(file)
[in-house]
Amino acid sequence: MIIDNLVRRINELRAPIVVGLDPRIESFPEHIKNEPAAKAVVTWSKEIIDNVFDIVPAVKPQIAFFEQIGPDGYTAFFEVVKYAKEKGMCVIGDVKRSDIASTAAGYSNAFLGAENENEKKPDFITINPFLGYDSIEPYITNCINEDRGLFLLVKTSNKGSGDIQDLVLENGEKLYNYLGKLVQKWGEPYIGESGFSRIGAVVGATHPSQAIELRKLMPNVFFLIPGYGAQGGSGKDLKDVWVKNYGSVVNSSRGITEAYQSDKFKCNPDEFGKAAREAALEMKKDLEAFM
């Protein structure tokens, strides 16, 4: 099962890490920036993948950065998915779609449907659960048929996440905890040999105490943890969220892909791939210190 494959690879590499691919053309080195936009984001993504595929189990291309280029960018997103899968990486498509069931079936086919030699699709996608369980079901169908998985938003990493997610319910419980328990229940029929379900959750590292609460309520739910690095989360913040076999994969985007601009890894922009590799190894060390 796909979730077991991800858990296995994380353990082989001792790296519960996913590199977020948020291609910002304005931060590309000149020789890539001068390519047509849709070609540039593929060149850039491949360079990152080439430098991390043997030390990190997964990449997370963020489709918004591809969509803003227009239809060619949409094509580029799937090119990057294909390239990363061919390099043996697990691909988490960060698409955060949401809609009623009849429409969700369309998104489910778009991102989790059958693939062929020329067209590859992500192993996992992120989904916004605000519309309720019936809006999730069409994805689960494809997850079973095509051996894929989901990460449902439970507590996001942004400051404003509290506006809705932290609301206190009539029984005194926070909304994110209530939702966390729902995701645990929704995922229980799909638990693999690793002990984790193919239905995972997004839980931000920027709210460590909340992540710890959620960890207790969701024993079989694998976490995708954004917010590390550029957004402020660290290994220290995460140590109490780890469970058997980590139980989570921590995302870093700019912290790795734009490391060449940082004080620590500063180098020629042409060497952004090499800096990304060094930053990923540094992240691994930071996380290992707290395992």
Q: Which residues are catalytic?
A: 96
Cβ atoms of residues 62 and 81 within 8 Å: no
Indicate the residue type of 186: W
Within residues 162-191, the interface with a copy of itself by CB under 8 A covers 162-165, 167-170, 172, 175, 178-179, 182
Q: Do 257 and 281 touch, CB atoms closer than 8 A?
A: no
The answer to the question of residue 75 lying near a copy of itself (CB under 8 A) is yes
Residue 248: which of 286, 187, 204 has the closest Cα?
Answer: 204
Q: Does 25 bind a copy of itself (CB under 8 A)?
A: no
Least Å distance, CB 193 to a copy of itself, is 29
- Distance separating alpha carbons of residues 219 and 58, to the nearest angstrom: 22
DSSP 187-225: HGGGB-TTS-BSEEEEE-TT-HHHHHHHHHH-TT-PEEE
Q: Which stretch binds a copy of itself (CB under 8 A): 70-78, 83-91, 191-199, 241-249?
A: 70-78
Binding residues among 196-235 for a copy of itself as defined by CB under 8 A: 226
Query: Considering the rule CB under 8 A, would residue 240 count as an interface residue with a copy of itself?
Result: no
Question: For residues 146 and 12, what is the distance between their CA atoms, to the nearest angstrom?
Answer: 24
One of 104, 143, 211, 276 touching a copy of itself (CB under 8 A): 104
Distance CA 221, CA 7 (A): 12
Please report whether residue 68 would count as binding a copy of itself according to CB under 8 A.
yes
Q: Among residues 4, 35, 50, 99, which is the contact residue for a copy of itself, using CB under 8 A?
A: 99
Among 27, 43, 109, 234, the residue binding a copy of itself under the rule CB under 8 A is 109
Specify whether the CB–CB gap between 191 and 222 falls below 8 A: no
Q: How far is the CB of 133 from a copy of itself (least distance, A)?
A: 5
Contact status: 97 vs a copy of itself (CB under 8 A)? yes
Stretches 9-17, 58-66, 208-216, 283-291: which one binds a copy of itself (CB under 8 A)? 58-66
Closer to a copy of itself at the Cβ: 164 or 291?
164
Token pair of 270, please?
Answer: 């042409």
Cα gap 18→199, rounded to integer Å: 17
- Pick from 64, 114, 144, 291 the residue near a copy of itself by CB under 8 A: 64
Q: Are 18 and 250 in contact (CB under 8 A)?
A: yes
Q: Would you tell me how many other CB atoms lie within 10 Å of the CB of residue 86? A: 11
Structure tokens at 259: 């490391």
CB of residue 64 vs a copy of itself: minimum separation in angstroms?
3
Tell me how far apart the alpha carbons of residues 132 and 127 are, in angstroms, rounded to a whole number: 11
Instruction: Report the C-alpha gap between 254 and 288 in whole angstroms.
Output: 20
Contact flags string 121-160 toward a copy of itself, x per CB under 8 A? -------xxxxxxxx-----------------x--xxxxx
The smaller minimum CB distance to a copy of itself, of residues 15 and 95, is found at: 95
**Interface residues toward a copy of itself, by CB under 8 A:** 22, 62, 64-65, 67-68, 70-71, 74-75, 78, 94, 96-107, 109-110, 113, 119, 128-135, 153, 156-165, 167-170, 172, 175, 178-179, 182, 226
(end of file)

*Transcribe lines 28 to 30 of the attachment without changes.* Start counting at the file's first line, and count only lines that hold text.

Please report whether residue 68 would count as binding a copy of itself according to CB under 8 A.
yes
Q: Among residues 4, 35, 50, 99, which is the contact residue for a copy of itself, using CB under 8 A?